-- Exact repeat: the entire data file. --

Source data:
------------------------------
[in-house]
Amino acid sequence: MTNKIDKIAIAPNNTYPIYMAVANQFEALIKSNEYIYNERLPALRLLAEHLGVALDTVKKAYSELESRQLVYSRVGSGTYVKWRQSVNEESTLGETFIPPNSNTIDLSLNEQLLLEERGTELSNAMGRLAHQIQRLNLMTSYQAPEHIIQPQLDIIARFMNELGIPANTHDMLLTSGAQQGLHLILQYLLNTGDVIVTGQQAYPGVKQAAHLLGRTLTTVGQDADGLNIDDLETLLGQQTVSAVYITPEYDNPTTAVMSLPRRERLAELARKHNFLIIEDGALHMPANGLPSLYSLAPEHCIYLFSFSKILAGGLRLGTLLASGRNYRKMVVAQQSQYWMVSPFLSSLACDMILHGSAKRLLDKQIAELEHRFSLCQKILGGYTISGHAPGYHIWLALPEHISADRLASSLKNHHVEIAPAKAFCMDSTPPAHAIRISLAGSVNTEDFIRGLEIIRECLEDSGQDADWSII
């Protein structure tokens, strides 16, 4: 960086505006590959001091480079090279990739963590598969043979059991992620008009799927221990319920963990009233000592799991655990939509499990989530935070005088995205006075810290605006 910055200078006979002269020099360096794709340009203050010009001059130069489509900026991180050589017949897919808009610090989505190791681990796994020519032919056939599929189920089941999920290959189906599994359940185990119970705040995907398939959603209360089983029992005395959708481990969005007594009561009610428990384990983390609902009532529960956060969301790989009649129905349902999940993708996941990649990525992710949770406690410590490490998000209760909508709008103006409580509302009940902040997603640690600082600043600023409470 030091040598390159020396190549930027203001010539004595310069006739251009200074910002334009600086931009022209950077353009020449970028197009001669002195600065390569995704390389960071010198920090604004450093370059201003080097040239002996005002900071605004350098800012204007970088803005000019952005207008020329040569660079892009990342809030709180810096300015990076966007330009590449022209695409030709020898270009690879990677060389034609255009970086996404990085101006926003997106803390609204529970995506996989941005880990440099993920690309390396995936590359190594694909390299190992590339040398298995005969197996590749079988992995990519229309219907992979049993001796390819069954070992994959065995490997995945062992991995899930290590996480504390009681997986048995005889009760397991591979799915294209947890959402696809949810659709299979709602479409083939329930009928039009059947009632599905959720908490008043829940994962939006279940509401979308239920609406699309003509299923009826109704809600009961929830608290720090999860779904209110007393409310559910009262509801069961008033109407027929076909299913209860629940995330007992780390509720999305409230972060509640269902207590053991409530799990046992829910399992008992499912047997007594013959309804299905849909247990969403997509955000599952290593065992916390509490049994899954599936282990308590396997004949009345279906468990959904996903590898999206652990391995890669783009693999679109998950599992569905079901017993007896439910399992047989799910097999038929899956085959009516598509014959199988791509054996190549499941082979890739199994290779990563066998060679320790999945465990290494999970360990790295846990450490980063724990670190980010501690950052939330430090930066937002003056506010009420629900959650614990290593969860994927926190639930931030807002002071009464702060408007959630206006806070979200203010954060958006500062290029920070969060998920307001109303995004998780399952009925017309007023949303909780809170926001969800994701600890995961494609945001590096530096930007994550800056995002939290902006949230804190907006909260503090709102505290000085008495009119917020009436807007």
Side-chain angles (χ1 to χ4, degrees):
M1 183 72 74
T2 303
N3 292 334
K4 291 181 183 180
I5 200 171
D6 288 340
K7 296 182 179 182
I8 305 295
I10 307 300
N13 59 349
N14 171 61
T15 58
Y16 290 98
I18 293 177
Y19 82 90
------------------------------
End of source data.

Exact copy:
[in-house]
Amino acid sequence: MTNKIDKIAIAPNNTYPIYMAVANQFEALIKSNEYIYNERLPALRLLAEHLGVALDTVKKAYSELESRQLVYSRVGSGTYVKWRQSVNEESTLGETFIPPNSNTIDLSLNEQLLLEERGTELSNAMGRLAHQIQRLNLMTSYQAPEHIIQPQLDIIARFMNELGIPANTHDMLLTSGAQQGLHLILQYLLNTGDVIVTGQQAYPGVKQAAHLLGRTLTTVGQDADGLNIDDLETLLGQQTVSAVYITPEYDNPTTAVMSLPRRERLAELARKHNFLIIEDGALHMPANGLPSLYSLAPEHCIYLFSFSKILAGGLRLGTLLASGRNYRKMVVAQQSQYWMVSPFLSSLACDMILHGSAKRLLDKQIAELEHRFSLCQKILGGYTISGHAPGYHIWLALPEHISADRLASSLKNHHVEIAPAKAFCMDSTPPAHAIRISLAGSVNTEDFIRGLEIIRECLEDSGQDADWSII
């Protein structure tokens, strides 16, 4: 960086505006590959001091480079090279990739963590598969043979059991992620008009799927221990319920963990009233000592799991655990939509499990989530935070005088995205006075810290605006 910055200078006979002269020099360096794709340009203050010009001059130069489509900026991180050589017949897919808009610090989505190791681990796994020519032919056939599929189920089941999920290959189906599994359940185990119970705040995907398939959603209360089983029992005395959708481990969005007594009561009610428990384990983390609902009532529960956060969301790989009649129905349902999940993708996941990649990525992710949770406690410590490490998000209760909508709008103006409580509302009940902040997603640690600082600043600023409470 030091040598390159020396190549930027203001010539004595310069006739251009200074910002334009600086931009022209950077353009020449970028197009001669002195600065390569995704390389960071010198920090604004450093370059201003080097040239002996005002900071605004350098800012204007970088803005000019952005207008020329040569660079892009990342809030709180810096300015990076966007330009590449022209695409030709020898270009690879990677060389034609255009970086996404990085101006926003997106803390609204529970995506996989941005880990440099993920690309390396995936590359190594694909390299190992590339040398298995005969197996590749079988992995990519229309219907992979049993001796390819069954070992994959065995490997995945062992991995899930290590996480504390009681997986048995005889009760397991591979799915294209947890959402696809949810659709299979709602479409083939329930009928039009059947009632599905959720908490008043829940994962939006279940509401979308239920609406699309003509299923009826109704809600009961929830608290720090999860779904209110007393409310559910009262509801069961008033109407027929076909299913209860629940995330007992780390509720999305409230972060509640269902207590053991409530799990046992829910399992008992499912047997007594013959309804299905849909247990969403997509955000599952290593065992916390509490049994899954599936282990308590396997004949009345279906468990959904996903590898999206652990391995890669783009693999679109998950599992569905079901017993007896439910399992047989799910097999038929899956085959009516598509014959199988791509054996190549499941082979890739199994290779990563066998060679320790999945465990290494999970360990790295846990450490980063724990670190980010501690950052939330430090930066937002003056506010009420629900959650614990290593969860994927926190639930931030807002002071009464702060408007959630206006806070979200203010954060958006500062290029920070969060998920307001109303995004998780399952009925017309007023949303909780809170926001969800994701600890995961494609945001590096530096930007994550800056995002939290902006949230804190907006909260503090709102505290000085008495009119917020009436807007």
Side-chain angles (χ1 to χ4, degrees):
M1 183 72 74
T2 303
N3 292 334
K4 291 181 183 180
I5 200 171
D6 288 340
K7 296 182 179 182
I8 305 295
I10 307 300
N13 59 349
N14 171 61
T15 58
Y16 290 98
I18 293 177
Y19 82 90